Edited by Moshe Givoni and David Banister
Chapter 2: Mobility cultures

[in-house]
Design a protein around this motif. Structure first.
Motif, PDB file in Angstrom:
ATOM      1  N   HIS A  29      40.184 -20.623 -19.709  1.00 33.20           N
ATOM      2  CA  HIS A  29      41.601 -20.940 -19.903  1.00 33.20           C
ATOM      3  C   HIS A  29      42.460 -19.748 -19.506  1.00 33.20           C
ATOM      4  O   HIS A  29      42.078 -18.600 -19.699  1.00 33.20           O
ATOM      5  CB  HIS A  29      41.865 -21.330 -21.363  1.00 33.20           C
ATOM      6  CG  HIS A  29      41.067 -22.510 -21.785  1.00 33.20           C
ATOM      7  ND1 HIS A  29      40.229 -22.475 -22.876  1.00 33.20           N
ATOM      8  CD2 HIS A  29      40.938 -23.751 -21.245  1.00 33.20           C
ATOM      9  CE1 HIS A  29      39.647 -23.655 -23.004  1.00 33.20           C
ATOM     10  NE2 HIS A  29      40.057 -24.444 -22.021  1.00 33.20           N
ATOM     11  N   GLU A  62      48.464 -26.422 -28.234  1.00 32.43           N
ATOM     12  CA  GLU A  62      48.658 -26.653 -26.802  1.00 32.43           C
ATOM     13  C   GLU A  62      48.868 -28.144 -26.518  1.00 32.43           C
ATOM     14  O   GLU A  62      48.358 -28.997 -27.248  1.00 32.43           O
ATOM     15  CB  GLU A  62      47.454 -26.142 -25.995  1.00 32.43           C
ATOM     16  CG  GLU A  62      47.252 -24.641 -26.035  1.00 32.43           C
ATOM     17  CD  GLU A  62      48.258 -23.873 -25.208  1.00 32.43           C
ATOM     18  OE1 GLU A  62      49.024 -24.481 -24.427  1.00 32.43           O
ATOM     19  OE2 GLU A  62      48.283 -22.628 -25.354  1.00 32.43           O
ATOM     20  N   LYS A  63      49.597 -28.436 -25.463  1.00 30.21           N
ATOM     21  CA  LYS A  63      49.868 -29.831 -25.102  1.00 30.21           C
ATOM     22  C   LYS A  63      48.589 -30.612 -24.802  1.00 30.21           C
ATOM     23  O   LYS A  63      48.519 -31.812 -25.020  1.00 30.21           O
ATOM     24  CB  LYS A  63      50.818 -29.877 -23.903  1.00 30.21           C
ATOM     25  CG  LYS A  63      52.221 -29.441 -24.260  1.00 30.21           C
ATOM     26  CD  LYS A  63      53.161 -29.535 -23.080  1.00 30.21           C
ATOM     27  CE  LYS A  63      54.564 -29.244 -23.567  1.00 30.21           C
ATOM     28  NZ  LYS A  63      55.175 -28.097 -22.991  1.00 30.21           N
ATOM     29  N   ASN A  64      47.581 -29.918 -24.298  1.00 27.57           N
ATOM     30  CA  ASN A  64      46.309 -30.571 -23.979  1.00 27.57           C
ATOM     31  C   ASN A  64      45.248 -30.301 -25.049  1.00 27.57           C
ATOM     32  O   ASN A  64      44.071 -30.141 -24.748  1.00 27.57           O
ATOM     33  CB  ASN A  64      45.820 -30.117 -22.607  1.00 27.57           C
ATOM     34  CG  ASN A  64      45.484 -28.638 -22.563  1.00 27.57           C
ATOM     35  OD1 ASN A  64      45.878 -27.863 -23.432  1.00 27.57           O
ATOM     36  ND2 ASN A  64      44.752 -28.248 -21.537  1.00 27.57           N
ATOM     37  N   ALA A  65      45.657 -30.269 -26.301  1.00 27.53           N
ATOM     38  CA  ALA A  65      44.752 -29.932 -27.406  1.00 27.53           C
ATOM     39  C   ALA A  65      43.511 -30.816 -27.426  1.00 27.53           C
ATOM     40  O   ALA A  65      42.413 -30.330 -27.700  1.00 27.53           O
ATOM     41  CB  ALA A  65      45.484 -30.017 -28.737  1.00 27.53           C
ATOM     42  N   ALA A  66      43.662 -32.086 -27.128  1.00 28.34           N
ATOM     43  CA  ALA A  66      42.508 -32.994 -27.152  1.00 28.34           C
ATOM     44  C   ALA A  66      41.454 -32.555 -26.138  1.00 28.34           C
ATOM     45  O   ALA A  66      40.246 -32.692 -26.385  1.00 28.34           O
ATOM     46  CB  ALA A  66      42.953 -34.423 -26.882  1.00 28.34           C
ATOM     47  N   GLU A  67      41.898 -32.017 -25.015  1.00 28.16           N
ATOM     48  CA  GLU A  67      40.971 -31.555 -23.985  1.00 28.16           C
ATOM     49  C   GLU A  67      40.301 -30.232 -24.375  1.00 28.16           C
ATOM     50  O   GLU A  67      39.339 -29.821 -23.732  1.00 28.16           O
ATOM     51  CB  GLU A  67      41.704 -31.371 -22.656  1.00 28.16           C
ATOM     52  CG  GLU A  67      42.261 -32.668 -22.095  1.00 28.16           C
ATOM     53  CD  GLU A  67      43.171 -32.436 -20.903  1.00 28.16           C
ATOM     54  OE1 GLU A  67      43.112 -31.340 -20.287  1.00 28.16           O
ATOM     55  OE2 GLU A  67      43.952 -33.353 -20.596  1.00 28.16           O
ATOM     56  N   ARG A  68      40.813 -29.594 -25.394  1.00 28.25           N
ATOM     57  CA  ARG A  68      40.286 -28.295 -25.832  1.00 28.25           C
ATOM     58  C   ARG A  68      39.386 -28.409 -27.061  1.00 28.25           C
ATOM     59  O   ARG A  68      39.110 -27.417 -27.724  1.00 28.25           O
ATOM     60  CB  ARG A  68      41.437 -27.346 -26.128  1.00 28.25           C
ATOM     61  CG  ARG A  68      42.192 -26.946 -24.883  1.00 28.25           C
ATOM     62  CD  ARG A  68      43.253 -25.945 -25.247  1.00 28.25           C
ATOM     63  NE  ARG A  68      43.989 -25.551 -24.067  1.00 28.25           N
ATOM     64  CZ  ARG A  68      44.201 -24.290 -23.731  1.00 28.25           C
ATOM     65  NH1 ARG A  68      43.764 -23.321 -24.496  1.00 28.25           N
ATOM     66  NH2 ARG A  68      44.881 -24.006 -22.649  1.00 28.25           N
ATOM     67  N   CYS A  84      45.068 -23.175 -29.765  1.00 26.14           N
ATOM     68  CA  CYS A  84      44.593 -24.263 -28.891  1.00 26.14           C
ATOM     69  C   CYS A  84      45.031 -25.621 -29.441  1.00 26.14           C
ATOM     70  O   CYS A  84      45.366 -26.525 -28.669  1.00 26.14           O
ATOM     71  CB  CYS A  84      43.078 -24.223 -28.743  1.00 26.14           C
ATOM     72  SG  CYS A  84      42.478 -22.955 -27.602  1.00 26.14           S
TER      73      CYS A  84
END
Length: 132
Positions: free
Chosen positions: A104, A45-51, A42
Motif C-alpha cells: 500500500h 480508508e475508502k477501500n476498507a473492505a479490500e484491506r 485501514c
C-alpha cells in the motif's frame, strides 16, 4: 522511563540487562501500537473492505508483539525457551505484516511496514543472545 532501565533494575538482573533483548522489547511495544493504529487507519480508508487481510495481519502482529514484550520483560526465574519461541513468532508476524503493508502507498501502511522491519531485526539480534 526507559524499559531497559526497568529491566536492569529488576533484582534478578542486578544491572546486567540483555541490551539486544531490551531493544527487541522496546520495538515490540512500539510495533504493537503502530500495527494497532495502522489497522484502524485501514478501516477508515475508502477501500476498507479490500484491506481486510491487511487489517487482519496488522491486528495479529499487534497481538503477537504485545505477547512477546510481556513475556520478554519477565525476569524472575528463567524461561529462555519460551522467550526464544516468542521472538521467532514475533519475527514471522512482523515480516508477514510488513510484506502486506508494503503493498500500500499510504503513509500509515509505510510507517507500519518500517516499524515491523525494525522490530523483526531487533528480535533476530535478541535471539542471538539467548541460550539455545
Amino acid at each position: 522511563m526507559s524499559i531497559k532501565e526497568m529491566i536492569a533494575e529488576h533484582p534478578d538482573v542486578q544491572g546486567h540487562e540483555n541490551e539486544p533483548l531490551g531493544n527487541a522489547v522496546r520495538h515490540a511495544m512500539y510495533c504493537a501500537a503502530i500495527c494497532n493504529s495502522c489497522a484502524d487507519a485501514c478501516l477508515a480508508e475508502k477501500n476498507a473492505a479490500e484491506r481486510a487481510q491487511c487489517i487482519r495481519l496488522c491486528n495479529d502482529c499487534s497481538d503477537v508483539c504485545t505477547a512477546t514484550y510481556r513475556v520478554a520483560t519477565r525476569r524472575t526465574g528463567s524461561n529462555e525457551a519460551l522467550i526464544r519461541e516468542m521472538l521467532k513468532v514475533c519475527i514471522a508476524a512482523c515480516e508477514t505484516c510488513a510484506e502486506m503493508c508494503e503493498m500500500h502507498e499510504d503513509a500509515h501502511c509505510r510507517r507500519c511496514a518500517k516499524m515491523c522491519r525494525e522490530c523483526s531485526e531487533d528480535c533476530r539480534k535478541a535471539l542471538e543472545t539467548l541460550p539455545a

The start of the twenty-first century is marked by high levels of mobility: people, capital, finance, technology, commodities, ideas and information as well as risks and disasters are increasingly recognized as being ‘on the move’. As noted in Chapter 1, more people are travelling further to reach places of employment, education, health, leisure and other activities and there is a general consensus on the need for reducing carbon dioxide (CO2) emissions, especially from transport. Strategies are being developed by governments and especially by companies in the energy and automobile sector in order to overcome the consequences of this situation. However, the main criticism towards this approach is that such measures solely cannot reduce the negative impacts of transport on climate, and more drastic changes are required. Banister (2008) proposes the sustainable mobility paradigm as a way forward to solving the problems that we are facing, arguing that there is a crucial need for a change especially in the way in which people travel and how much they travel. In the above context, the purpose of this chapter is to understand the role of the culture of performing mobilities in influencing the way in which people travel and how much they travel, and to find out whether there is a need to reformulate our ‘mobility cultures’ in order to build a low carbon society. First, the new mobilities paradigm is briefly reviewed.
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